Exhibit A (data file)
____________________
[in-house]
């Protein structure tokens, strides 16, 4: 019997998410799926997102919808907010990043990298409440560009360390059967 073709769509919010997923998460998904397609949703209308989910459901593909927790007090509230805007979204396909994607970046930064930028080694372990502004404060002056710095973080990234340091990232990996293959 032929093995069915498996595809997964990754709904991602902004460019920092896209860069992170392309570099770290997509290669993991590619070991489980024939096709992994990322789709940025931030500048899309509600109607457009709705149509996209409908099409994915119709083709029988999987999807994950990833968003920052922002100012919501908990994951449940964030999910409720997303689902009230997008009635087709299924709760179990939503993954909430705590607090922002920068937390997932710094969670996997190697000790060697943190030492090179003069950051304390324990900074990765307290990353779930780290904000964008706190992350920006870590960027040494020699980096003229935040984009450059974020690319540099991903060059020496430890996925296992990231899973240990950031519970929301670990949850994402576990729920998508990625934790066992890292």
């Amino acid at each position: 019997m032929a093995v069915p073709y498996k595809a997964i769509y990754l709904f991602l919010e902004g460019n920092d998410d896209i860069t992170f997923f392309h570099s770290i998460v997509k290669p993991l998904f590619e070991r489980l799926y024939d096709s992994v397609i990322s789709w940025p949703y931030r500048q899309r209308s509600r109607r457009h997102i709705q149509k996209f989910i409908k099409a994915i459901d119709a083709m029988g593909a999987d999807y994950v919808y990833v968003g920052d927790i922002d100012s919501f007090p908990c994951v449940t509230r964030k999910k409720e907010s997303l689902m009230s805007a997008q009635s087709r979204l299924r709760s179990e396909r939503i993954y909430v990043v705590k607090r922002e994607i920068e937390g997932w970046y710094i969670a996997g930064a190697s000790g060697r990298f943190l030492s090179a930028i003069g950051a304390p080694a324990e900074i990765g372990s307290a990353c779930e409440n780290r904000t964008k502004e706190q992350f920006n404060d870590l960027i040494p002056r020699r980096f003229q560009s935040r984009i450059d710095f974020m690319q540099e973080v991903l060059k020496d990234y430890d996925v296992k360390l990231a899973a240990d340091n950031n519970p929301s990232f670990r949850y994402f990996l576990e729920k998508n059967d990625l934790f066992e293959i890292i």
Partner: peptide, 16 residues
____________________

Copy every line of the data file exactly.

[in-house]
């Protein structure tokens, strides 16, 4: 019997998410799926997102919808907010990043990298409440560009360390059967 073709769509919010997923998460998904397609949703209308989910459901593909927790007090509230805007979204396909994607970046930064930028080694372990502004404060002056710095973080990234340091990232990996293959 032929093995069915498996595809997964990754709904991602902004460019920092896209860069992170392309570099770290997509290669993991590619070991489980024939096709992994990322789709940025931030500048899309509600109607457009709705149509996209409908099409994915119709083709029988999987999807994950990833968003920052922002100012919501908990994951449940964030999910409720997303689902009230997008009635087709299924709760179990939503993954909430705590607090922002920068937390997932710094969670996997190697000790060697943190030492090179003069950051304390324990900074990765307290990353779930780290904000964008706190992350920006870590960027040494020699980096003229935040984009450059974020690319540099991903060059020496430890996925296992990231899973240990950031519970929301670990949850994402576990729920998508990625934790066992890292």
């Amino acid at each position: 019997m032929a093995v069915p073709y498996k595809a997964i769509y990754l709904f991602l919010e902004g460019n920092d998410d896209i860069t992170f997923f392309h570099s770290i998460v997509k290669p993991l998904f590619e070991r489980l799926y024939d096709s992994v397609i990322s789709w940025p949703y931030r500048q899309r209308s509600r109607r457009h997102i709705q149509k996209f989910i409908k099409a994915i459901d119709a083709m029988g593909a999987d999807y994950v919808y990833v968003g920052d927790i922002d100012s919501f007090p908990c994951v449940t509230r964030k999910k409720e907010s997303l689902m009230s805007a997008q009635s087709r979204l299924r709760s179990e396909r939503i993954y909430v990043v705590k607090r922002e994607i920068e937390g997932w970046y710094i969670a996997g930064a190697s000790g060697r990298f943190l030492s090179a930028i003069g950051a304390p080694a324990e900074i990765g372990s307290a990353c779930e409440n780290r904000t964008k502004e706190q992350f920006n404060d870590l960027i040494p002056r020699r980096f003229q560009s935040r984009i450059d710095f974020m690319q540099e973080v991903l060059k020496d990234y430890d996925v296992k360390l990231a899973a240990d340091n950031n519970p929301s990232f670990r949850y994402f990996l576990e729920k998508n059967d990625l934790f066992e293959i890292i």
Partner: peptide, 16 residues